Keeping Track

RUNOHIO Monthly Newsletter

Sign Up Now

Print
PDF

Keeping Track

Written by Rod O’Donnell on 26 March 2019.

The Aspen Institute, an international, non-profit think tank, with headquarters in Washington, D.C., recently released the Healthy Sport Index. The purpose of the study was to rank high school sports for both genders, based on three areas:

  1. Physical activity
  2. Safety
  3.  The effect on psychosocial behavior

The results place cross-country first, and track and field, third, among all male sports, with cross-country second, and track and field seventh for females.

To better understand how these conclusions were determined, you need to read the entire description of the survey. It sheds a very positive light on the sports we are advocates for, and it provides interesting data to use when recruiting athletes to track and field and cross-country. For example, cross-country appears to be ranked low in the psychosocial behavior category; this is partially true, due to the data used, such as the time that athletes train alone or in small groups. However, the results of others measurement factors, such as the prevalence of binge drinking and marijuana use, were shown to be the lowest among participants of the ten sports studied.

For more in-depth information of the study, go to www.healthysportindex.com

I have stated many times that, as coaches, we must constantly sell our sports, not only to our athletes, but also to the public, especially parents and school administrators. They need to know the effect activities have on the lives of young people. Additionally, for those who want to encourage participation in our sports, the Aspen Institute study is a wealth of information for parents and participants. It is well done and is a must-read for all those involved in these two sports.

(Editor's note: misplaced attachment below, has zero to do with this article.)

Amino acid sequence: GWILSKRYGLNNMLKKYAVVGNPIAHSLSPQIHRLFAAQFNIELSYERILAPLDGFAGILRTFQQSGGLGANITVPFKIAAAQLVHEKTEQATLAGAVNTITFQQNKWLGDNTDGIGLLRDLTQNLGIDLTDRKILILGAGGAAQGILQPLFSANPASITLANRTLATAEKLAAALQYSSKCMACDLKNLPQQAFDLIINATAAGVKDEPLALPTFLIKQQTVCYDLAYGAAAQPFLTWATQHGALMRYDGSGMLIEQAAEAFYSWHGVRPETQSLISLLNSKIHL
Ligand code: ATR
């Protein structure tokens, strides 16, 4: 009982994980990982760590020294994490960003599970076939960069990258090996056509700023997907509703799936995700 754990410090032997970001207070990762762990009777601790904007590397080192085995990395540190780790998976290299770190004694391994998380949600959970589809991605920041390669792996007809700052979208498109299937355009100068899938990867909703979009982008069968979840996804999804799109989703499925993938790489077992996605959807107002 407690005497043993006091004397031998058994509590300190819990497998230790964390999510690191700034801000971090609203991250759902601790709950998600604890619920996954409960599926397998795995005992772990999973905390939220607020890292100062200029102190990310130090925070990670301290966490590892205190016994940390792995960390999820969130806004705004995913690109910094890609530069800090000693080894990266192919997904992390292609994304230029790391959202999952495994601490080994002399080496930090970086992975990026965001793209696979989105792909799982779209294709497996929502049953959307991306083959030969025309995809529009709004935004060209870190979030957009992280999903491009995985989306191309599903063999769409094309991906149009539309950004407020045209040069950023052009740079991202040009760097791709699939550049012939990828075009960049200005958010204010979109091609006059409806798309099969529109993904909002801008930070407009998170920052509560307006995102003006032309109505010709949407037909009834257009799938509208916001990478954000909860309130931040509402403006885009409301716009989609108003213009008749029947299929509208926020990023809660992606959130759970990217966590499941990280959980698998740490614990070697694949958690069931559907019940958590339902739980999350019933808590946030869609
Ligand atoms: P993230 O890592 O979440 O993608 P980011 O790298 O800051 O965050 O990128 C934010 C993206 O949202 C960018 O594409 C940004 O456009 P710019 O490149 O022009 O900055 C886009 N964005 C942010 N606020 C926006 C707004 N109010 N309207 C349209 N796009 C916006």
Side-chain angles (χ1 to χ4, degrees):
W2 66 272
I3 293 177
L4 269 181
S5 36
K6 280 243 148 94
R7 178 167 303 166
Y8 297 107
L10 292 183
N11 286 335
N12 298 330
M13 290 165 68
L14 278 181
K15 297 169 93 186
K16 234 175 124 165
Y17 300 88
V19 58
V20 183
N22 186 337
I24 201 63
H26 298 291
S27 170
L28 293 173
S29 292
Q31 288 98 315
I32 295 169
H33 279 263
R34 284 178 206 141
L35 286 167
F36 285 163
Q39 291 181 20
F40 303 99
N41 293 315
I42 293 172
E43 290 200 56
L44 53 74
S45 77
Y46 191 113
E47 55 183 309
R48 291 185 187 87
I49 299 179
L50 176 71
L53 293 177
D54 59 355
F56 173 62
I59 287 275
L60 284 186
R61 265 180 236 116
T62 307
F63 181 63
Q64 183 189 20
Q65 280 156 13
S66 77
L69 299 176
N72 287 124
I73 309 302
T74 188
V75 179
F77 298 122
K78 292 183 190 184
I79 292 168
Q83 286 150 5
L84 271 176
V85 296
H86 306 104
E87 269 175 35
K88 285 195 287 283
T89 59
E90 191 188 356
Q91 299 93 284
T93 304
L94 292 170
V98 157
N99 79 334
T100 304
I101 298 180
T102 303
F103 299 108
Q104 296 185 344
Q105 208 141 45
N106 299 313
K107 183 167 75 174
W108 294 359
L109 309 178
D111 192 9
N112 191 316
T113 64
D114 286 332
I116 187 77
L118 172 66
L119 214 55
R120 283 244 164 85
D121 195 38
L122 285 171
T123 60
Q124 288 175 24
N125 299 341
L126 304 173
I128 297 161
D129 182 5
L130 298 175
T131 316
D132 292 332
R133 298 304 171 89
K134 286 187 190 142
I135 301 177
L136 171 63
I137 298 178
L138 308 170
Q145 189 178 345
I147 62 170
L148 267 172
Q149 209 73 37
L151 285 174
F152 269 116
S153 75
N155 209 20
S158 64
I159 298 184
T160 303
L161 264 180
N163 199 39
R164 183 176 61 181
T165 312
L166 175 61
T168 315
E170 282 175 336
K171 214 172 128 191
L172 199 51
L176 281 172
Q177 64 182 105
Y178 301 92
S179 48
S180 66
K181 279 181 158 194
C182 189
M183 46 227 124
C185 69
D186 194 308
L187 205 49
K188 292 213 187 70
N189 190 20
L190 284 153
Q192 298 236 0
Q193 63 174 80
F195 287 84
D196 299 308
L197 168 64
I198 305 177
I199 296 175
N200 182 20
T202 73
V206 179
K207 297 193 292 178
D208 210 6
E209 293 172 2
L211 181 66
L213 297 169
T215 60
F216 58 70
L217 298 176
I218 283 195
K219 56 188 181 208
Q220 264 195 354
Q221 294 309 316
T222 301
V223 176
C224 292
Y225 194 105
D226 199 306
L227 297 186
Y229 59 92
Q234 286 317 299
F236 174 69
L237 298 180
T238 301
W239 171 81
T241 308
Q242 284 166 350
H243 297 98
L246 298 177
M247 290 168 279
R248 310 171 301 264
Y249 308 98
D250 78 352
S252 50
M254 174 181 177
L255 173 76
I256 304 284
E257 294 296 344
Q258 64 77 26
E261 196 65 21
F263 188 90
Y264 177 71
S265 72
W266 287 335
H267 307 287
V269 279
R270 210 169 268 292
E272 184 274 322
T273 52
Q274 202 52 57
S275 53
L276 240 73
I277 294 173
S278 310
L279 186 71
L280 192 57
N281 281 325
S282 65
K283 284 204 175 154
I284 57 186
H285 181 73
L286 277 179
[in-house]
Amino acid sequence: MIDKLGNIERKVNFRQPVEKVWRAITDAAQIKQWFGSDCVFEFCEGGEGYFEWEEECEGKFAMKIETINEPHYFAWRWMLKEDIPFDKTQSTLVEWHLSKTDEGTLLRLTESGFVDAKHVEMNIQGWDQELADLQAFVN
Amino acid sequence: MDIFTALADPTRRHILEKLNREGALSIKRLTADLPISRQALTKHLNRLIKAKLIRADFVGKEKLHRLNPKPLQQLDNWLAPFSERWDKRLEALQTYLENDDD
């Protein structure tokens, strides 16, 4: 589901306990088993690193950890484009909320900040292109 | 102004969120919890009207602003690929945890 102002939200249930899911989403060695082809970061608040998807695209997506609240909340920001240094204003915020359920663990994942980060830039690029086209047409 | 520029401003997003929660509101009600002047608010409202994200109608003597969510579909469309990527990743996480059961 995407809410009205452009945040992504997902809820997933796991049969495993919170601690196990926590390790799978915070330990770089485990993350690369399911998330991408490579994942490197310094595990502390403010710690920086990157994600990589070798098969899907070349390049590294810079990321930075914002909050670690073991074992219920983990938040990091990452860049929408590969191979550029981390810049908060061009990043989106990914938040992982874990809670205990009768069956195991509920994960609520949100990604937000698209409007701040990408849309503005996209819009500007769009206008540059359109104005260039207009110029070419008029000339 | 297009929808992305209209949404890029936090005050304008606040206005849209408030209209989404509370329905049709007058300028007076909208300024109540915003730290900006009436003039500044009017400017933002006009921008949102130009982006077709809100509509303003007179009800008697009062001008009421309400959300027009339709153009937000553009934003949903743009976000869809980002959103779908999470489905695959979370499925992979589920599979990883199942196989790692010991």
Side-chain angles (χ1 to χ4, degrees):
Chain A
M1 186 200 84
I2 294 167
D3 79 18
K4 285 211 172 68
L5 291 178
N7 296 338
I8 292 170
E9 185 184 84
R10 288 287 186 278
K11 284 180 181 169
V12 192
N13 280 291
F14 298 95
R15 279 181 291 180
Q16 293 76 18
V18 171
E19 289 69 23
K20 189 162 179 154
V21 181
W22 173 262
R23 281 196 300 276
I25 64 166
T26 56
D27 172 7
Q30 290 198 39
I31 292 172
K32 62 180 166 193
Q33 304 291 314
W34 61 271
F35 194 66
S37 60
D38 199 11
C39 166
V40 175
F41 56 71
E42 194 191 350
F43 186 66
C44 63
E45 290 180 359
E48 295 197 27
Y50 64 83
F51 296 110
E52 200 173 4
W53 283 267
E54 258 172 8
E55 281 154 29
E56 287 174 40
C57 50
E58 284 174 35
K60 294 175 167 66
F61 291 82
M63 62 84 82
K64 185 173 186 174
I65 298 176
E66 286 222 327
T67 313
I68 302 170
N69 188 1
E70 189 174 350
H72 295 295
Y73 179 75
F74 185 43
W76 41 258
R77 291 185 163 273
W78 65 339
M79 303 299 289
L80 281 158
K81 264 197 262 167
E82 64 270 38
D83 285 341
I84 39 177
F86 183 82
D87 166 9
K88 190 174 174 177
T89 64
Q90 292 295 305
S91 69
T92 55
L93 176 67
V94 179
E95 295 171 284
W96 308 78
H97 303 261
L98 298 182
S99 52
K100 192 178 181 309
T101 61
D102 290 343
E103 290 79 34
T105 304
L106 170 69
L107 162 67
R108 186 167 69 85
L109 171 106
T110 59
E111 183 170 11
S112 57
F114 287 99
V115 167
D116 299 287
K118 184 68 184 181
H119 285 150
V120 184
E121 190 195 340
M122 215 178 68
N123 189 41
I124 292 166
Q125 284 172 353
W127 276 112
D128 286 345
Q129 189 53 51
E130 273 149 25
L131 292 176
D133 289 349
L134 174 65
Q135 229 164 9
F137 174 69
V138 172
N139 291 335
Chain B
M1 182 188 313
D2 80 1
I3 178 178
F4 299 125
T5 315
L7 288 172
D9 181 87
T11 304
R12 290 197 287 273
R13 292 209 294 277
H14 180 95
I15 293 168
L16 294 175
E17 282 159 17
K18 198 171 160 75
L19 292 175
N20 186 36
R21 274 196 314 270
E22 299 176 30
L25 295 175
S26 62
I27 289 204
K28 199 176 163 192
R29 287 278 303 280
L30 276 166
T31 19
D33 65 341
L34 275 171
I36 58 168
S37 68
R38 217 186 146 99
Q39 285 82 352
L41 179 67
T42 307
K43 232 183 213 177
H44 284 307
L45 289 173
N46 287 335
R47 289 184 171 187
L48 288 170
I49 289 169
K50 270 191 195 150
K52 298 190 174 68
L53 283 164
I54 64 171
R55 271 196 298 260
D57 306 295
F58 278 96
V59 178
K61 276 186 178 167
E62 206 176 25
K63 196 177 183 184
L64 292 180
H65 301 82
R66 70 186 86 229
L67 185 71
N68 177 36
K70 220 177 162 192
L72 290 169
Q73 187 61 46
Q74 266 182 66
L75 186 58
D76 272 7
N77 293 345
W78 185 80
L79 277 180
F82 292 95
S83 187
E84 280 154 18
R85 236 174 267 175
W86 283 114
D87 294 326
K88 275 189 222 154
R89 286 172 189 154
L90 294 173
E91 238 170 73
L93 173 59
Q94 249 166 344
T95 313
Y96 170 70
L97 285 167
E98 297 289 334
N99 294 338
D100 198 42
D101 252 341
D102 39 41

It is as much our responsibility to tell others about the many benefits that are provided, as it is to learn the techniques of coaching; otherwise, the “audience” at events will be similar to the one at the recent Razorback Invitational at the University of Arkansas, where the top ten ranked Division I men’s and women’s teams competed in a beautiful venue where empty seats far outnumbered those that were occupied.

As I wrote the first draft of this month’s article, I was sitting on the beach at Hilton Head Island. A seagull landed nearby, seeking a quick snack. When it saw that I had no food, it quickly lost interest and flew away. We must always infuse new ideas into and provide positive messages for our sports, or those fans/followers, participants and parents will mimic the behavior of the hungry gull and fly away to other sports that will satisfy their competitive appetites.

Yours in track,

Rod O’Donnell

Current Issue